September '15

For the Business of Apparel Decorating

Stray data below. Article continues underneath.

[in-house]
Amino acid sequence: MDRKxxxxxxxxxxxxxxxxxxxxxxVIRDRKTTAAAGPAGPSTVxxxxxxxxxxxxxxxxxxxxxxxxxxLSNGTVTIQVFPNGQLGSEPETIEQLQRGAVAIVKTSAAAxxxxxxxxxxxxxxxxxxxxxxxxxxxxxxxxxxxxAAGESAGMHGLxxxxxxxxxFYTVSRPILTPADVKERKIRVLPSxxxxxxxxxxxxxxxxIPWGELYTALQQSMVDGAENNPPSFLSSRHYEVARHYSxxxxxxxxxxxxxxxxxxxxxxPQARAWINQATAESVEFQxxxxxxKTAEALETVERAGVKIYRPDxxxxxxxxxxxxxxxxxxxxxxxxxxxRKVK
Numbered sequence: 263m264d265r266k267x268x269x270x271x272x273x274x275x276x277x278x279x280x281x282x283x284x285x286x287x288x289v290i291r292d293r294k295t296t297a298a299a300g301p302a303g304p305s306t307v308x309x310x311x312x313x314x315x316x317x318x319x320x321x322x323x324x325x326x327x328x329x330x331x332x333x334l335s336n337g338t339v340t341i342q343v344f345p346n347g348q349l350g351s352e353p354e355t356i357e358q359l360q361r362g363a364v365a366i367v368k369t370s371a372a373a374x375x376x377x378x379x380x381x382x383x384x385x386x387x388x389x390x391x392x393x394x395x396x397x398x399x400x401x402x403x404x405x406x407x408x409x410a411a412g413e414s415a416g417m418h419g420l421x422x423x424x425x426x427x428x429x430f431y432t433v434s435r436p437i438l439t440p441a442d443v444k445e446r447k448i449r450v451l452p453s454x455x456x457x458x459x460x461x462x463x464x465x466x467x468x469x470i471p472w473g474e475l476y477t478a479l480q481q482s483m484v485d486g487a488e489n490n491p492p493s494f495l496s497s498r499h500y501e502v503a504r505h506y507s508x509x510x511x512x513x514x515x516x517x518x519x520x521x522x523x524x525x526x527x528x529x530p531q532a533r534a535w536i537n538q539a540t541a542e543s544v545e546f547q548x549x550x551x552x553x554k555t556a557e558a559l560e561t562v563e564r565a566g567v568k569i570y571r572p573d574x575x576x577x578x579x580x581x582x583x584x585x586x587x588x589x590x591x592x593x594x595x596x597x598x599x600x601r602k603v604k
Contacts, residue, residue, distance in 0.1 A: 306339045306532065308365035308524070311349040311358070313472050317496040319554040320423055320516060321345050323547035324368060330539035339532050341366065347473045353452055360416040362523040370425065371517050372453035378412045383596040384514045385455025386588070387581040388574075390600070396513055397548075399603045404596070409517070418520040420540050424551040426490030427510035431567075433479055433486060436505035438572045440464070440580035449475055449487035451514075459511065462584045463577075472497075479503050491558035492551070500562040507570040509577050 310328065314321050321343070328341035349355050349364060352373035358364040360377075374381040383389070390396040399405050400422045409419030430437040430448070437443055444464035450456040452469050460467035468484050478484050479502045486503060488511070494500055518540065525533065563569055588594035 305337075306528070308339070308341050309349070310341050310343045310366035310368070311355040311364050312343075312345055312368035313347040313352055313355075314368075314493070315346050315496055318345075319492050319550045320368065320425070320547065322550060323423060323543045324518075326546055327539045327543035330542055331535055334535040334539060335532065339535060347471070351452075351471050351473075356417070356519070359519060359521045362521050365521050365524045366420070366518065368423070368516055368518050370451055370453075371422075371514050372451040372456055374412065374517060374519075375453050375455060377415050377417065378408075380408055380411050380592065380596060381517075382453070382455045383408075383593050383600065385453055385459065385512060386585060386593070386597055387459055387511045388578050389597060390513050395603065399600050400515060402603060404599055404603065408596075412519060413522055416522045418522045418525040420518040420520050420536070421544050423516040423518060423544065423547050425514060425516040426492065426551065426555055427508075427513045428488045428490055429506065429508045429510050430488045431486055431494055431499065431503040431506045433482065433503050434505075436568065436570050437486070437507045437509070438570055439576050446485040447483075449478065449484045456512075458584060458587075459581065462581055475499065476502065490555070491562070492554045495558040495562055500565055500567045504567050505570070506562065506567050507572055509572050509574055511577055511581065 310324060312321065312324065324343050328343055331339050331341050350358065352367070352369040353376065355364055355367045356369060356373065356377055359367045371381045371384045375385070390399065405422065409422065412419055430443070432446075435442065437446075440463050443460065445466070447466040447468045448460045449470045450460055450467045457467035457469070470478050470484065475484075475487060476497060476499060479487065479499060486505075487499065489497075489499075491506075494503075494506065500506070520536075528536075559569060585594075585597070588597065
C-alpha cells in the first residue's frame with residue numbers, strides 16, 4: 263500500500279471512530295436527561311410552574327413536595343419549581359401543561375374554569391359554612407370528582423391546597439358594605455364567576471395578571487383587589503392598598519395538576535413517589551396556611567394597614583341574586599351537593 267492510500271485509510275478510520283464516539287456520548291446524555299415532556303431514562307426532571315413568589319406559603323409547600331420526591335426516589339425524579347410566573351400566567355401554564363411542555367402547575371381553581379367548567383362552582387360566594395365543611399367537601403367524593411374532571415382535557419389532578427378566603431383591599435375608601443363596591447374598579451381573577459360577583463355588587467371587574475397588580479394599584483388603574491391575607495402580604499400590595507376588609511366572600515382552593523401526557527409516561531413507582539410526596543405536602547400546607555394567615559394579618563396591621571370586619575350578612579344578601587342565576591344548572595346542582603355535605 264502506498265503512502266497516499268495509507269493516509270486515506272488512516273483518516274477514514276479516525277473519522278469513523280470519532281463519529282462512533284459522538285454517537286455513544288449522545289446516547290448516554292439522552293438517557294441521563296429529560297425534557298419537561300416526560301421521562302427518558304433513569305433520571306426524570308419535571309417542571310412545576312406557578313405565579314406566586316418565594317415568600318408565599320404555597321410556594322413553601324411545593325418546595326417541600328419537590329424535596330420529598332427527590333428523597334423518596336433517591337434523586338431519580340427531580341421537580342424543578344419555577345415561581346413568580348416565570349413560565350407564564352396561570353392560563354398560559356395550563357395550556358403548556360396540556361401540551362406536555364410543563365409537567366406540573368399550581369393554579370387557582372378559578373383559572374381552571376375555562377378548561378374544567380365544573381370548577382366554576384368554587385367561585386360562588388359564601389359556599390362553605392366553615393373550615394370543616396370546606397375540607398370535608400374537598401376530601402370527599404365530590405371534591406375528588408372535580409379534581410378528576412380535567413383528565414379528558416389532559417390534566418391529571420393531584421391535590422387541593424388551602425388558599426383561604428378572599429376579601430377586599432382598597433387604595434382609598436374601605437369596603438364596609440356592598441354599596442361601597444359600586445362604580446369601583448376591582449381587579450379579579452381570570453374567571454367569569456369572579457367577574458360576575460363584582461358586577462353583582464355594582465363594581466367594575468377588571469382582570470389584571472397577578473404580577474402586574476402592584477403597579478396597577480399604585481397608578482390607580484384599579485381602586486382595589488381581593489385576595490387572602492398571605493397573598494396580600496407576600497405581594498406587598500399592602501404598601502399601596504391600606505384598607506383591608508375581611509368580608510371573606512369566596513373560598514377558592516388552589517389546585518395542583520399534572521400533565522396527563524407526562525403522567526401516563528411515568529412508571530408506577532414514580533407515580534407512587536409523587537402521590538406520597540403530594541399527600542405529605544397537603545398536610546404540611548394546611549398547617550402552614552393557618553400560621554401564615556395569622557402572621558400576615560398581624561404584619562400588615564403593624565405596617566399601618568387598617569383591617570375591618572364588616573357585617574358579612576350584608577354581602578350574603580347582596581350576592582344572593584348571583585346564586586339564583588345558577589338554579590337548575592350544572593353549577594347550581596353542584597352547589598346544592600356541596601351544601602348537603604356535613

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20 || P R I N T W E A R S E P T E M B E R 2 0 1 5 Such a mistake should not go unrectified, but it should teach you something. In an indirect way, you have just tested the market for all that it could bear. Of course, a "test" with a sample size of one does not mean you should immediately raise all prices. Still, it is an indicator that you may be able to fetch a better price. A more likely example is when a prospect asks for a quote and leaves saying, "Let me think about it. I'll be back." Sure enough, two weeks later that same prospect returns and places the order and offers, "You know, I checked other places and this is by far the best deal." Interpret that as there are others out there who are selling it for more. BALANCING PRODUCT MIX WITH GROSS MARGIN GOALS Just marking up all products with one flat gross margin percentage may ensure a healthy overall profit for your com- pany but you will inevitably be priced too high on commodity-type products (those with low demand and abundant supply). Converse- ly, you will be too low on very specialized items (those with high demand and limited supply). Think of gross margin as your pulse. It can easily tell you the well- being of your business, a particular sale, or a product line you carry. Some people have a strong healthy pulse, others have a slow weak one, while others have no pulse at all. We typically refer to the last group as dead. A business with a near zero gross margin should have their Last Will and Testament up to date. The formula for gross margin is: Gross Sales Revenue – Cost of Goods Sold Gross Margin = ____________________________________ Gross Sales Revenue Where Gross Sales Revenue = total money collected from sales, and Cost of Goods Sold = total materials, labor and any other production costs. Simply stated, the gross margin is the differ- ence between the cost to produce something and its selling price, divided by the product's price, expressed as a percentage. For ex- ample, if you sell something for $100 and it cost $60 to produce it, the gross margin on that product is 40 percent. $100 – $60 _________________ = 0.40 or 40% $100 Based on a Philadelphia Investment Firm's study of all com- panies in North America, more than three-fourths have a gross margin between 25 and 40 percent. In my discussion with screen printers, the industry average is in the 40–60 percent range, with contract printers hovering around the 40 percent mark, and cus- tom shops commanding margins of 50 percent or more. No one can tell you, precisely, what your gross margin should be, but you do have one. Make it your business to know exactly what it is and what direction it is heading at any given time. When you have a unique aspect to your products or services (state- of-the-art quality, guaranteed delivery, or unconditional warranty), be sure those items carry an equally superior gross margin. For example, if you set a selling price of three to four times the cost to produce the item, those products would enjoy a 67 to 75 percent gross margin, respectively. You may need that level of profitability on "your specialty" to offset the sale of low profit items that you are obligated to offer. Remember, too, that it is easy to lower the price on a product that is not selling well or fast enough. It's certainly easier than trying to raise the price on a newly introduced item after realiz- ing potential profit. Naturally, underpriced products will have the highest de- mand. Right now, I'll bet your shop is full of orders for low margin items and that is monopolizing most of your day. This workload leaves you no time to produce the high-profit gener- ating goods needed. In time, you squander your chance to be profitable because of a deteriorat- ing gross margin. YOUR PERSONAL BUSINESS TRAINER continued on page 81

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